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Interview With Barry Libert, Rapid Insights (Abstract)

Cashel, Jim. Interview with Barry Libert, Rapid Insights. (Online Community Report, April 2003)

If you're interested in on-line community building check out the last part of an Interview with Barry Libert of Rapid Insights (referred to me by Lee LeFever from Common Craft) I'll summarize a few elements that I think are valuable to understanding how to use your website to build customer and employee relationships.

The following definitions are terms mentioned in the article, but not necessarily defined in Barry Libert's own words or derived from the Interview.* The term itself links to a source with additional details:

Relationship capital-- The investment or value of such investment, a company places in the connection between people and other intangible resources. This can include communications channels, building of trust, strategic partnerships, and customer loyalty.

Intellectual assets-- Intangible or invisible assets not reported on a corporate balance sheet that relate to the knowledge internal to an organization. Could include the experience and know-how of groups of employees, or collected knowledge on business process.

Collaborative communities-- Various groups working together for common objectives hosted in an environment that facilitates learning and resource acquisition for a positive result. Often involving the customer or end-user of derived product or service.

*Libert is the author of two books that cover these topics in more detail. Consider Cracking the Value Code and Value RX for more information. I'll also be covering these terms in the "Glossary of Strategic Relations Terms in Business"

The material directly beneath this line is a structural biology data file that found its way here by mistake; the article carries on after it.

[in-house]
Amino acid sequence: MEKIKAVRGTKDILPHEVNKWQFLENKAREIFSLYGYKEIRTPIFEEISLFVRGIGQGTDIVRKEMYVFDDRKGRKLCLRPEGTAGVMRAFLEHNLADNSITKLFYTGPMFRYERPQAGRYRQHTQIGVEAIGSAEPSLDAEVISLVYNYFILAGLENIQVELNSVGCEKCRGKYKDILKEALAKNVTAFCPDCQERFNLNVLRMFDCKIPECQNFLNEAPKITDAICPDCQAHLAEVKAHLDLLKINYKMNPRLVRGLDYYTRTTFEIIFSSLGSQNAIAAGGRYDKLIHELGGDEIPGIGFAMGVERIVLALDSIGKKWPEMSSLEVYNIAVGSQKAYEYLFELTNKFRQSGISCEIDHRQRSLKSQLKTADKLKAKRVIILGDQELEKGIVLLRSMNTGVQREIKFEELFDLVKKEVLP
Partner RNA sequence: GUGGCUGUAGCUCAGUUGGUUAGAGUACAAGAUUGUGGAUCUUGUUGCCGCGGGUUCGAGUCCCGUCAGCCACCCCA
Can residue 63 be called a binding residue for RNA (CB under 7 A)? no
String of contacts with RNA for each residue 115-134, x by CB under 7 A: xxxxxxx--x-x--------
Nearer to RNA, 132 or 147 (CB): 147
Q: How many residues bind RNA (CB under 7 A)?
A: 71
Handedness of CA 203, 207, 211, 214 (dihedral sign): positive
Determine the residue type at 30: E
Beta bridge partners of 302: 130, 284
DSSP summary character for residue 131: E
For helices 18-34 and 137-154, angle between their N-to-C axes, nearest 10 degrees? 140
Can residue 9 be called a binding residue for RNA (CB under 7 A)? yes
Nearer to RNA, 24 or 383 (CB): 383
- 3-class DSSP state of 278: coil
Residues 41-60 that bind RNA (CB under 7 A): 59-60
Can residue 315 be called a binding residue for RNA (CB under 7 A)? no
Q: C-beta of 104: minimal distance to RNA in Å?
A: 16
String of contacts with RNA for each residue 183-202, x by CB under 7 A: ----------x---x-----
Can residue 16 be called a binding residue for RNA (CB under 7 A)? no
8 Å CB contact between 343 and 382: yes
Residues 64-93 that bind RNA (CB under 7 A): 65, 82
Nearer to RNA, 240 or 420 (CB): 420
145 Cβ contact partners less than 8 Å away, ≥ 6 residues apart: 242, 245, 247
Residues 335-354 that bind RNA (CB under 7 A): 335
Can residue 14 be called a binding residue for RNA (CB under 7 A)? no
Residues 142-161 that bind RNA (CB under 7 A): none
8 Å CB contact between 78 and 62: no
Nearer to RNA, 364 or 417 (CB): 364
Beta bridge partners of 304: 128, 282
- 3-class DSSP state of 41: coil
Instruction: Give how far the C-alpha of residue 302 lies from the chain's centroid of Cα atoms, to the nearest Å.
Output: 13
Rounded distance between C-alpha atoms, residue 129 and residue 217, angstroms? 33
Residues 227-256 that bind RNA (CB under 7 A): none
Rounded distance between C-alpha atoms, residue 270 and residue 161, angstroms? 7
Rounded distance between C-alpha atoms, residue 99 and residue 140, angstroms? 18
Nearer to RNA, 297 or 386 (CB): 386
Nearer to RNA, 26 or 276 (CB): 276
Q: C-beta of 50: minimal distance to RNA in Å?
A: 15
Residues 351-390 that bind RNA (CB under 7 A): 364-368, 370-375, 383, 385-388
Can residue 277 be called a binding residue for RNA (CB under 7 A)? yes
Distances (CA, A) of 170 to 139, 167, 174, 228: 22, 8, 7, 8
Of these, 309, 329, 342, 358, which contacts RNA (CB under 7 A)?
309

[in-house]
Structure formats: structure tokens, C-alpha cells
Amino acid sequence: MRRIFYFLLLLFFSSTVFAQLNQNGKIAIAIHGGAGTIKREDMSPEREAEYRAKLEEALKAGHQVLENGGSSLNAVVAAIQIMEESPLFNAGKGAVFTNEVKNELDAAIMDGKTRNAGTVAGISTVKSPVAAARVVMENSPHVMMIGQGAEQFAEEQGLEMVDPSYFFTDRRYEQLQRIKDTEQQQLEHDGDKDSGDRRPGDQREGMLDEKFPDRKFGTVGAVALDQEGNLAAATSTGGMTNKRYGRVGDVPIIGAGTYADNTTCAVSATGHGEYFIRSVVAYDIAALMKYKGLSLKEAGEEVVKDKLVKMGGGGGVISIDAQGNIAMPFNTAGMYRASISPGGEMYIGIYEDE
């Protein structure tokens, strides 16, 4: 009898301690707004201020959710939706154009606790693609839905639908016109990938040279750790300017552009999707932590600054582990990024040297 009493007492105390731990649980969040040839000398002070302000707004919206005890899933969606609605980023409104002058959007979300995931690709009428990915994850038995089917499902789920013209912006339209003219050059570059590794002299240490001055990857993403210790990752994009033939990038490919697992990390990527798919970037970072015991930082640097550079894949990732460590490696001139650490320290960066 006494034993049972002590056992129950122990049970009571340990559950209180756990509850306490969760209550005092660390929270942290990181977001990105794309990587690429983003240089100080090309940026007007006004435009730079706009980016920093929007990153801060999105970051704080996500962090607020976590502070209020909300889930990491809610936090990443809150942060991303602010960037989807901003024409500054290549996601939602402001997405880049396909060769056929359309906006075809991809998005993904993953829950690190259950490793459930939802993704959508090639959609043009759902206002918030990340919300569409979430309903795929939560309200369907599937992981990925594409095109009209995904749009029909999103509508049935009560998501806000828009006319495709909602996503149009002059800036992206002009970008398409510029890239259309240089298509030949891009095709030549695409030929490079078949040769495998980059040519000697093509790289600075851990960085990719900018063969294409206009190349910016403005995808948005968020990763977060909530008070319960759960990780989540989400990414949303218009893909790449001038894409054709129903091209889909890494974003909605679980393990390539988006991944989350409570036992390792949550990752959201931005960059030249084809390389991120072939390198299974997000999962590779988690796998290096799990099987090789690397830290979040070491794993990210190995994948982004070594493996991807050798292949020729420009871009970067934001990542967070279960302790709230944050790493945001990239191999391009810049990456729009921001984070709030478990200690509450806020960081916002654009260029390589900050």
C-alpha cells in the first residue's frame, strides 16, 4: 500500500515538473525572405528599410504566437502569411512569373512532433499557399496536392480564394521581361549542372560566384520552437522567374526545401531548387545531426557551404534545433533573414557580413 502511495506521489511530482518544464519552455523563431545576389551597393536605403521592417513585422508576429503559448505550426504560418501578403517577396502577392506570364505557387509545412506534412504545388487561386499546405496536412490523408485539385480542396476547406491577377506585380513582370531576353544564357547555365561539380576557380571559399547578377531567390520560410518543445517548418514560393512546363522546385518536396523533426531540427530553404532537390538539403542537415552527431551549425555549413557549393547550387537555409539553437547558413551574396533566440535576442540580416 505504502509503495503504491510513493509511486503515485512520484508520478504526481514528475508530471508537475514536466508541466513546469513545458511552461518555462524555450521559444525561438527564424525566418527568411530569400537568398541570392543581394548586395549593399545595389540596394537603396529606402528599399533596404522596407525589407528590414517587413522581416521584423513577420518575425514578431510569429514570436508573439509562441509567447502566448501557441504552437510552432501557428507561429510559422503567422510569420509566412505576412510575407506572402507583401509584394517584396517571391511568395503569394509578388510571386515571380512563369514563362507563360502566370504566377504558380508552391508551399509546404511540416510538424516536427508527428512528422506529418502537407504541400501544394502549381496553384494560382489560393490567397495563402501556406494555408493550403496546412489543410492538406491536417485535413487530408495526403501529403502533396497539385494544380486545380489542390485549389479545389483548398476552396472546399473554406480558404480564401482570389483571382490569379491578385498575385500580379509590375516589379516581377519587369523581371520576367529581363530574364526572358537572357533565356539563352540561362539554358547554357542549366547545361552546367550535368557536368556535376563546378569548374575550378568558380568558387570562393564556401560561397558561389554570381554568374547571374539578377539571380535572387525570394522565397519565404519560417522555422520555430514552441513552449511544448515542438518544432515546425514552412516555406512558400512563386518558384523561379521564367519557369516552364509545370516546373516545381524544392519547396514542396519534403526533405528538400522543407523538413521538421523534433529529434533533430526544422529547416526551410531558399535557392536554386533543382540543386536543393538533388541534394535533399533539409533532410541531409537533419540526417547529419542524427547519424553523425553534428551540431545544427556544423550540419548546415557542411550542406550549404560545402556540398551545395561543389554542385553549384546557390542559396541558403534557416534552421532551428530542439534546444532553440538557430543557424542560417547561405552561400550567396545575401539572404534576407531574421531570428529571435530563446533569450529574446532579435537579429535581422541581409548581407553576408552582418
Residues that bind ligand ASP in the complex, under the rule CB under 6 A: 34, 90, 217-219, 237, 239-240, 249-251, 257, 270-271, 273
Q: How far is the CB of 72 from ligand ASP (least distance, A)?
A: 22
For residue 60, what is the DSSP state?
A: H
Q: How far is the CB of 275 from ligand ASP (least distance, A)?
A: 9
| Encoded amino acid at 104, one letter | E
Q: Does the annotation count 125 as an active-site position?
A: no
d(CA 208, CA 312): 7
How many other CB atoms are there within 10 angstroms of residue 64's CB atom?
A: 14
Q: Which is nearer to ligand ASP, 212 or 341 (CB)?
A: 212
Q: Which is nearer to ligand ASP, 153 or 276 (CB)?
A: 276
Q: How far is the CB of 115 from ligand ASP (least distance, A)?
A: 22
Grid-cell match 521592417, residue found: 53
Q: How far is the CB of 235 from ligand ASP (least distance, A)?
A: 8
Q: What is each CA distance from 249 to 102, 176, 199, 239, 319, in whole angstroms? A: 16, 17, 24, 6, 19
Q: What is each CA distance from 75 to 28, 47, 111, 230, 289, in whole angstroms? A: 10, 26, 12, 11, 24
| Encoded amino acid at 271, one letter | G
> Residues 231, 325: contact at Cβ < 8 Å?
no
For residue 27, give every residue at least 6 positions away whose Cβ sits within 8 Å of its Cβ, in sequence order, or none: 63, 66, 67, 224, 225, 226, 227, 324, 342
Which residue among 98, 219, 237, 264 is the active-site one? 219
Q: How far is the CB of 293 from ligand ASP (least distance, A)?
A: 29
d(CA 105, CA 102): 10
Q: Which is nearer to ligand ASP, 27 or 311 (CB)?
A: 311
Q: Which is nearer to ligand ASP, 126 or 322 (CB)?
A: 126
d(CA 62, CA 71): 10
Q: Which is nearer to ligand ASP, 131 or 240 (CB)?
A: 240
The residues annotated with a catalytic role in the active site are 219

Points to consider with commentary:

  1. On-line communities don't exist without interacting with off-line channels of communications. Channels of communications include telephone, fax, personal meetings, and traditional communications methods. All channels are essential to building a healthy and successful community.
  2. Purely on-line communities won't exist in the future. In the same way people will realize that you can't only manage customer relationships, but have to consider all business relationships for a healthy company -- people will also learn that communities can't survive in a single medium.
  3. Off-line communities like trade associations, conferences, and events can be enhanced with on-line resources. Organizations that wouldn't normally use on-line channels can greatly benefit from what the Internet provides. It however, shouldn't be their sole focus -- the key is to give customers choice.
  4. On-line elements of community building cross geopolitical boundaries. On-line communities have the potential to extend an individuals reach to any other individual with an Internet connection. Incorporate this in your marketing strategy, but reinforce it with time tested methods.

/ b2b-websites | clearly-communicate /

By Justin Hitt at September 12, 2003 11:08 PM  Subscribe in a reader


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